I invited Cassandra Rose Clarke, author of The Wizard’s Promise, to share 5 reasons her heroine Hanna would find real life adventures not quite as fun as the adventures from her favorite stories -
Hanna’s Top 5 Reasons for believing adventures aren’t all they’re cracked up to be:
1: They’re kinda of boring. Anyone who has ever gone on a long road trip could testify to this. Most of us have seen National Lampoon’s Family Vacation, right? (Or Disney’s The Goofy Movie, another excellent road trip movie). So we think road trips are going to be all roadside attractions, wacky hijinks, and a chance to Overcome Some Odds. In reality, you’re sitting in a car for eight hours, feeling vaguely queasy from car sickness, and driving down a super highway where apparently no human has ventured in the last twenty years. Hanna goes through the same thing, except instead of a highway, she’s on the ocean. Imagine a cruise ship without any of the tasty food or planned activities. Pretty dull indeed.
2: They’re kind of uncomfortable. I think of it as the Bilbo Baggins effect. He had no desire to go on an adventure because he knows what they’re really about: getting dirty and not being able to eat regularly. Hanna doesn’t have that foresight, and so when she finds herself stranded on a strange island, without the right kind of money, she has to face the very real possibility that she won’t get to a hot meal or a cozy place to sleep that night. Throughout the book, Hanna gets soaking wet, freezing cold, and threatened with magic sickness—all as result of adventuring.
3: They’re kind of terrifying. Like most of us, Hanna’s ideas about adventures come from reading stories. It’s one thing to read about danger and derring-do—and quite another to experience it yourself. As with any proper adventure, Hanna finds herself in some terrifying, life-threatening situations, and that terror isn’t anything like what she expected when she was daydreaming about adventures back at home.
4: They reveal the truth about others. Hanna might have had some idea that adventures can tell you a little about yourself, but she had no idea that an adventure can also tell you so much about the people you’re adventuring with—both for good and bad. Her adventure reveals secrets about her apprentice master, Kolur, that she had never imagined; even his mysterious friend, Frida, slowly reveals parts of herself as the adventure wears on. But perhaps the biggest surprise is in Isolfr, the beautiful boy she finds swimming alongside the ship. He might seem cowardly at first, but through adventure she learns that he has his own particular brand of bravery.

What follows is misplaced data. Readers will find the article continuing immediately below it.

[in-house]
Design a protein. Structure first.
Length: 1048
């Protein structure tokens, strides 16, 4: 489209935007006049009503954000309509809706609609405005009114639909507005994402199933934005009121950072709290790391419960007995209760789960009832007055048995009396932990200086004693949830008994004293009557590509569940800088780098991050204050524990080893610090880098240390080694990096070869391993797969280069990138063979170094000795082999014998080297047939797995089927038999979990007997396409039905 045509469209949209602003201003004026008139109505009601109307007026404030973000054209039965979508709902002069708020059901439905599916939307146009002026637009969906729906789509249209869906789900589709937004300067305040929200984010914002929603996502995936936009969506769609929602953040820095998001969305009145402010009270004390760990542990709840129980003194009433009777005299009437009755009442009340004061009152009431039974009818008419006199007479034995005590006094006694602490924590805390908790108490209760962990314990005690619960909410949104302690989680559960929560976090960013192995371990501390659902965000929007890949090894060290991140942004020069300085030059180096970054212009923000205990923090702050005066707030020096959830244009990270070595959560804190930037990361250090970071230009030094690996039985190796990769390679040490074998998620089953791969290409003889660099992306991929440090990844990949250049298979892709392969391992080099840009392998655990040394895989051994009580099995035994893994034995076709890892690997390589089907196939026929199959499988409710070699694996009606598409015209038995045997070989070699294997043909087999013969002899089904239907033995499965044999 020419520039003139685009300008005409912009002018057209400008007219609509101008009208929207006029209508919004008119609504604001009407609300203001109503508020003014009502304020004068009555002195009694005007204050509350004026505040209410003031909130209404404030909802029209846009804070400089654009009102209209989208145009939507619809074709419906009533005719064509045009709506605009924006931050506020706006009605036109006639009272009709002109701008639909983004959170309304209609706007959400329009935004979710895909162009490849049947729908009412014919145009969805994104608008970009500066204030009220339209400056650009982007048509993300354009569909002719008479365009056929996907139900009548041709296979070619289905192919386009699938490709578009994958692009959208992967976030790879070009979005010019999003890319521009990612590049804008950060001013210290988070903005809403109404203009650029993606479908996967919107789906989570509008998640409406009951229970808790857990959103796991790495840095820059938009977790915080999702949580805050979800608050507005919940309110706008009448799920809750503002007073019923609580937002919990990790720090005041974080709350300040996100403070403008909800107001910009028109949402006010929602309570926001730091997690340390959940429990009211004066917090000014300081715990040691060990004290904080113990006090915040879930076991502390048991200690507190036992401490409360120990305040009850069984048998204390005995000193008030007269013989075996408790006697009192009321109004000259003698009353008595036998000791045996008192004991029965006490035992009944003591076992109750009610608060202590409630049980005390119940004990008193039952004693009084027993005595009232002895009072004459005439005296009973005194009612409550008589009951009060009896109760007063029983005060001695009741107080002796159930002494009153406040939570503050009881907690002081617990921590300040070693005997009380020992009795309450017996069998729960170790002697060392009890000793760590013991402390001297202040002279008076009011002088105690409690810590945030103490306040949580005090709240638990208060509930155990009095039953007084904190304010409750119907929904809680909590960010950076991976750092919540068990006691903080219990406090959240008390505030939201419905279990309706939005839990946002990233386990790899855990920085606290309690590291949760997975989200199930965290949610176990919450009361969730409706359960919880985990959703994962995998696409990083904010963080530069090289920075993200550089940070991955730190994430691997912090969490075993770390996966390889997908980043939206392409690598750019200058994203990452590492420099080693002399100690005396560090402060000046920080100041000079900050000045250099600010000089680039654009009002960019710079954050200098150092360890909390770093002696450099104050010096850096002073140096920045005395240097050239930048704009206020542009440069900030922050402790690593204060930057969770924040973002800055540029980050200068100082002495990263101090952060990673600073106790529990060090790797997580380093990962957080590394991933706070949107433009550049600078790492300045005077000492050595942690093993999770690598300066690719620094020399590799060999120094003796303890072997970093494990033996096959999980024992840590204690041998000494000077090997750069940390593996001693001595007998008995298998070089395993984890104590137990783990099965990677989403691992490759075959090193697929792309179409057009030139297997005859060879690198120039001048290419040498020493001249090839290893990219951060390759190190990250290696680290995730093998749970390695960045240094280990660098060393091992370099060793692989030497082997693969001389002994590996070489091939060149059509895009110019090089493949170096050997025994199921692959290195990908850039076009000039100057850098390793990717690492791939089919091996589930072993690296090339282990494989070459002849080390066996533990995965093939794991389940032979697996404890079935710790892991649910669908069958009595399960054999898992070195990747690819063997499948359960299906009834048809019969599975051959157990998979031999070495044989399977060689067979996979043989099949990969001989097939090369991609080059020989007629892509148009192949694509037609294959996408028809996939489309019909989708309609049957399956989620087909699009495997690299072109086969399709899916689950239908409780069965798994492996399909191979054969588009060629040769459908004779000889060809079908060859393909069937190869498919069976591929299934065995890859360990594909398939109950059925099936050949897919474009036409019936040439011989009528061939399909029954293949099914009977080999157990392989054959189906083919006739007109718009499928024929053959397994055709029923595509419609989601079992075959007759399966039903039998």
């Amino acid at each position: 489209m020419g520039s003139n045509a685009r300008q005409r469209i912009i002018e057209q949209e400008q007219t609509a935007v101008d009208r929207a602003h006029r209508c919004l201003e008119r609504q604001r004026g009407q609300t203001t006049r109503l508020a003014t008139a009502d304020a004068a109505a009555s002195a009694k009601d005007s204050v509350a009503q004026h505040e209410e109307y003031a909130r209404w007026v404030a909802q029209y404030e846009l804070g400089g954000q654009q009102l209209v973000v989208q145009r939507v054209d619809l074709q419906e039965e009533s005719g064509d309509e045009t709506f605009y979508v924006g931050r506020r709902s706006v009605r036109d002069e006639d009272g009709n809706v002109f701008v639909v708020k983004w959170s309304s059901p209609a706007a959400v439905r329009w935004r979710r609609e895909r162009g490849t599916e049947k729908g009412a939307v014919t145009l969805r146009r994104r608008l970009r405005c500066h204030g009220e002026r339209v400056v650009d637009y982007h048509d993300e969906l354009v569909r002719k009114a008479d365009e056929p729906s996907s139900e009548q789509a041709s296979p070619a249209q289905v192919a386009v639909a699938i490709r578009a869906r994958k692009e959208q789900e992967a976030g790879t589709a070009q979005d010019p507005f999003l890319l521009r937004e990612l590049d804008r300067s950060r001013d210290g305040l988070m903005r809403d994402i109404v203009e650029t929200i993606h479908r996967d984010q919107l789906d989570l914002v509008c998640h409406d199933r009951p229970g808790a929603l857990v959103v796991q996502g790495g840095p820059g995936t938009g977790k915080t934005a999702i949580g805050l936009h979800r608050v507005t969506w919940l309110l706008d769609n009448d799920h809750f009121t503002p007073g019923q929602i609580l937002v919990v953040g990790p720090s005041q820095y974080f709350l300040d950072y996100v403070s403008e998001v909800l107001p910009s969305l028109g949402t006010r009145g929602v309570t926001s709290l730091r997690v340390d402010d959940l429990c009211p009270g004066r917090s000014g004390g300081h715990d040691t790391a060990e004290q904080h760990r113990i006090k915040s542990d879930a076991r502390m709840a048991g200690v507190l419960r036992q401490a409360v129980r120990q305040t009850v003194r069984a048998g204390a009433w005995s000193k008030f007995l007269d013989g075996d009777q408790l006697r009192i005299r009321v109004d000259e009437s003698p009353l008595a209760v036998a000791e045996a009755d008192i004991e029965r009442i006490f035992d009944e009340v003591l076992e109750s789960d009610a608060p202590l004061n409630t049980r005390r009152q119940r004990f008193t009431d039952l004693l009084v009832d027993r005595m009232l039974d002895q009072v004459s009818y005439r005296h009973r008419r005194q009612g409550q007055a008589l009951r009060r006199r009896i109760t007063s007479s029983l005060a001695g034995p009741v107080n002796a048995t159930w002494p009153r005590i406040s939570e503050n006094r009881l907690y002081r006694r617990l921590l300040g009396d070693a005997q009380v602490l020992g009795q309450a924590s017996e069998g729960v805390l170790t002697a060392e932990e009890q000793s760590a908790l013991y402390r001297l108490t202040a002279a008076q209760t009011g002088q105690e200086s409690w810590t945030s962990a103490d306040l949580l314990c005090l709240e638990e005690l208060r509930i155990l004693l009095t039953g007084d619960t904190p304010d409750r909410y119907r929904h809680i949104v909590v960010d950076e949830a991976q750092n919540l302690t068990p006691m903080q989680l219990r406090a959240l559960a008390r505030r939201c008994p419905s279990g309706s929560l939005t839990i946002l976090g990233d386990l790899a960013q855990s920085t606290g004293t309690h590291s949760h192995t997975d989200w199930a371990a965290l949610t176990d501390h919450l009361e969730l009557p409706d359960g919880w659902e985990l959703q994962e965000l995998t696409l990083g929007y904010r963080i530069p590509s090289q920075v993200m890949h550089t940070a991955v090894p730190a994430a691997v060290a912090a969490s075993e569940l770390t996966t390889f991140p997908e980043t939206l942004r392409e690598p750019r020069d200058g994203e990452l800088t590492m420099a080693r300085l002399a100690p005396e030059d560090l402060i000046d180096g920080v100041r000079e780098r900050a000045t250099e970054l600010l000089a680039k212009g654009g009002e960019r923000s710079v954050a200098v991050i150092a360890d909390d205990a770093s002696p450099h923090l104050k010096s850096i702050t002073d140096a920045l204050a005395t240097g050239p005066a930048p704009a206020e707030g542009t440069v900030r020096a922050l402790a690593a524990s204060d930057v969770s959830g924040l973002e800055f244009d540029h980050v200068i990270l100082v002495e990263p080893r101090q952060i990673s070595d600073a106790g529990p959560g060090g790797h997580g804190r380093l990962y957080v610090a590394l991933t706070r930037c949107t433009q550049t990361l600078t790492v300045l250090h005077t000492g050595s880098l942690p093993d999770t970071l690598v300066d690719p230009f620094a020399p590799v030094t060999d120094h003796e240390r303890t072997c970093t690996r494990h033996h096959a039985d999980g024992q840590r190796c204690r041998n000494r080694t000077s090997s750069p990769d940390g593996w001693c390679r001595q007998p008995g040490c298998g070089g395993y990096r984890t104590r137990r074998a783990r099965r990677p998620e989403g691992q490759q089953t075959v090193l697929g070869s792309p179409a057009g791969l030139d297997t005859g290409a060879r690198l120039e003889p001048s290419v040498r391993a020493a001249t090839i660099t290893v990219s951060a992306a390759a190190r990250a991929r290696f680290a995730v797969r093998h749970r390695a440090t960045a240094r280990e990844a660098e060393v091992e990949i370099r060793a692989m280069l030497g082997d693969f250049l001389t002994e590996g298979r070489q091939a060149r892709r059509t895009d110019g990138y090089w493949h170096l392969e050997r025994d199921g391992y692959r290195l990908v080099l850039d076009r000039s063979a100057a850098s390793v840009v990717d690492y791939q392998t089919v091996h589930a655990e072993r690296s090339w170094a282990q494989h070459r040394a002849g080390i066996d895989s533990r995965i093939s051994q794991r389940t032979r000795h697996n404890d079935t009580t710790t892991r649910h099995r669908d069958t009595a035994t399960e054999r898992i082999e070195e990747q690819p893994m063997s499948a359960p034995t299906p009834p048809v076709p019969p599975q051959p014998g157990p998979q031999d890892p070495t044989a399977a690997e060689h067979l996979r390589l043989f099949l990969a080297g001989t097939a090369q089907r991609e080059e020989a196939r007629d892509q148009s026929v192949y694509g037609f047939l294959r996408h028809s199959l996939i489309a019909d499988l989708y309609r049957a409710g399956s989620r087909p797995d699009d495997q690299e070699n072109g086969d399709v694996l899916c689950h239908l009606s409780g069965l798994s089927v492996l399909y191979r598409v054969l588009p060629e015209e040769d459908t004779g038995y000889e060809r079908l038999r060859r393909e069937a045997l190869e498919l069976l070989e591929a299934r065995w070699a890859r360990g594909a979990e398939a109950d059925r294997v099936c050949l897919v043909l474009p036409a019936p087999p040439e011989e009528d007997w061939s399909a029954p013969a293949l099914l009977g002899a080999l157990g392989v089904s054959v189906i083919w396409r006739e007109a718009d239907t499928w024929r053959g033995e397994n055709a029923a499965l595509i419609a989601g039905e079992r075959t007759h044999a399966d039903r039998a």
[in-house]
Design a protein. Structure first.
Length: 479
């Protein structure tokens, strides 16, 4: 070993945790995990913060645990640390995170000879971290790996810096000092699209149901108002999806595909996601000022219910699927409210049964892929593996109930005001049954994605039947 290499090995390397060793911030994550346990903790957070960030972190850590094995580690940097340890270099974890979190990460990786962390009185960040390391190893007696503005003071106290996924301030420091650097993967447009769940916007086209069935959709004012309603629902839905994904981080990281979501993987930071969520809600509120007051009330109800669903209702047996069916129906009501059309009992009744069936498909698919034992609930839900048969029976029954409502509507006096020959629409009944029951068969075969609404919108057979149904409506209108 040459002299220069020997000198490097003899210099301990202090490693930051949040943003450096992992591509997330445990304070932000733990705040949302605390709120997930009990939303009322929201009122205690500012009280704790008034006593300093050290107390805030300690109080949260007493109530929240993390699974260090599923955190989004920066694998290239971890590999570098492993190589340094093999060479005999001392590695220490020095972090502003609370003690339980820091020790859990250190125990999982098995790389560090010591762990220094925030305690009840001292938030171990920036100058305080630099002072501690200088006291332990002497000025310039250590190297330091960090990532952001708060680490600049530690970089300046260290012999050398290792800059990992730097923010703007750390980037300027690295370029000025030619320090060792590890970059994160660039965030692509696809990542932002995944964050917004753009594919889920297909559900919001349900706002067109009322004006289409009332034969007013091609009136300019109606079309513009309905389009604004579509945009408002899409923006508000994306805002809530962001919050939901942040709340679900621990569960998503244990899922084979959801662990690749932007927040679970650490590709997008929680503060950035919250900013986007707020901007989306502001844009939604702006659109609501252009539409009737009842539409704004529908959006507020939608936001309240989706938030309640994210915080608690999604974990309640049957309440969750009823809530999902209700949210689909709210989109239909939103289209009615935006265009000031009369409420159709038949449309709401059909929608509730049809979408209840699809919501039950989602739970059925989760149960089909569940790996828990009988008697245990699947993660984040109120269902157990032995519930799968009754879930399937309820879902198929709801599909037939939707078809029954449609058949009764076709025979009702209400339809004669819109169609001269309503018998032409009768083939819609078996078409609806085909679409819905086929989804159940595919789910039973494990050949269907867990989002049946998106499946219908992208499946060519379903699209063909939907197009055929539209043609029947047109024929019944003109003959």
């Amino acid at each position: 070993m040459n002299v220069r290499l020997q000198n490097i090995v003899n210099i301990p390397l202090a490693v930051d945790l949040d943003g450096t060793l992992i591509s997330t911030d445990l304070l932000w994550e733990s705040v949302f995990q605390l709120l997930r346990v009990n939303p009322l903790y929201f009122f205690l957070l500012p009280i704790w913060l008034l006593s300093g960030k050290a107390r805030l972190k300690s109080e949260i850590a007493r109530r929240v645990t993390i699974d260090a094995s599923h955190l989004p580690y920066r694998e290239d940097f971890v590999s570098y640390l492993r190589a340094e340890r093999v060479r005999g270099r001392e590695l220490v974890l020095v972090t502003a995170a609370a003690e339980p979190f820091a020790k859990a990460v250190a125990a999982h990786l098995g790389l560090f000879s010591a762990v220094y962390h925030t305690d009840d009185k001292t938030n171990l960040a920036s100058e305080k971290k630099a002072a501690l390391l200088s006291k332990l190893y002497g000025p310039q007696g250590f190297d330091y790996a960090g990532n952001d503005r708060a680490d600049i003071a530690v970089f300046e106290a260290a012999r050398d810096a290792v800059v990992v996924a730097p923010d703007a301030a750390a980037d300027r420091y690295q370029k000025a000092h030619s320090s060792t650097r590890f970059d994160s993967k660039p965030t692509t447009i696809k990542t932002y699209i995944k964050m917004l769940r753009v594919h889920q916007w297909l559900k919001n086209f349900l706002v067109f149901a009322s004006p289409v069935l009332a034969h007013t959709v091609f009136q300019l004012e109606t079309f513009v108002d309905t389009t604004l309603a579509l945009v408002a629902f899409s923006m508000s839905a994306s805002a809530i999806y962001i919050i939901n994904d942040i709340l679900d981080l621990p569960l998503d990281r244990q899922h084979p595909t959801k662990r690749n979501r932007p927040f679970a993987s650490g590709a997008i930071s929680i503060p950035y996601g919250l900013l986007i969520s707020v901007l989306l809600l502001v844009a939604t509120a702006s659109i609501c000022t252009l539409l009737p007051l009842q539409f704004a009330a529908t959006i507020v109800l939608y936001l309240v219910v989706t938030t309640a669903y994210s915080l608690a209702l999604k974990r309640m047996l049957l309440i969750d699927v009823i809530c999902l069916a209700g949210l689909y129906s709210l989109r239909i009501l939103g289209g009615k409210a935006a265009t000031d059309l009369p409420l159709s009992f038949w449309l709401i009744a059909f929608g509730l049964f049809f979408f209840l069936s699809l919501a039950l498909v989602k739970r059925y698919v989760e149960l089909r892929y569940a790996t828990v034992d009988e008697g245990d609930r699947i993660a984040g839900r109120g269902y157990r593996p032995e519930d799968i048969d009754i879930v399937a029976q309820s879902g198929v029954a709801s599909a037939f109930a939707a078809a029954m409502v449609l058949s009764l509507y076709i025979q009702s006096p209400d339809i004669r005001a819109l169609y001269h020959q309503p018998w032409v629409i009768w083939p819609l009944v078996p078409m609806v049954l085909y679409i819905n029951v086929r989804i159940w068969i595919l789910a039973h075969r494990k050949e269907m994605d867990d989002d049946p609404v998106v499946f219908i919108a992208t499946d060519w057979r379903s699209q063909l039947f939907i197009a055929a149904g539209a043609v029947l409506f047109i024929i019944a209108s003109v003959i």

5: They help you find your strength For Hanna, the promise of adventure was really the promise of getting out of her little village. She didn’t think much beyond that: not about the unpleasant aspects of adventure, and not about the positive aspects, either. Although Hanna had always practiced her magic at home, it’s not until she’s out on her adventure that she really begins to understand her full potential as a witch. Beyond that, though, Hanna learns that she can use her wits to survive, and that her fishing background wasn’t a waste of time, as she was so convinced of when she was back at home. She learns that her strength isn’t just about magic, but about all the other skills she’s picked up over the years. In short, she’s been training for this adventure her whole life.
About the book:
Hanna has spent her life hearing about the adventures of her namesake Ananna, the lady pirate, and assassin Naji. She dreams of the same adventures, but little does she know she is about to tumble into one of her own. Hanna is apprenticed to a taciturn fisherman called Kolur, and, during a day of storms and darkness, are swept wildly off course.
In this strange new land, Kolur hires a stranger to join the crew and, rather than heading home, sets a course for the dangerous island of Jadanvar. As Hanna meets a secretive merboy, and learns that Kolur has a deadly past, she soon realises that wishing for adventures is a dangerous game – because those wishes might come true.
About the author:
Cassandra Rose Clarke grew up in south Texas and currently lives in a suburb of Houston, where she writes and teaches composition at a local college. She graduated in 2006 from The University of St. Thomas with a B.A. in English, and two years later she completed her master’s degree in creative writing at The University of Texas at Austin. In 2010 she attended the Clarion West Writer’s Workshop in Seattle, where she was a recipient of the Susan C. Petrey Clarion Scholarship Fund.
Cassandra’s first adult novel, The Mad Scientist’s Daughter, was a finalist for the 2013 Philip K. Dick Award, and her YA novel, The Assassin’s Curse, was nominated for YALSA’s 2014 Best Fiction for Young Adults. Her short fiction has appeared in Strange Horizons and Daily Science Fiction.
Visit her website here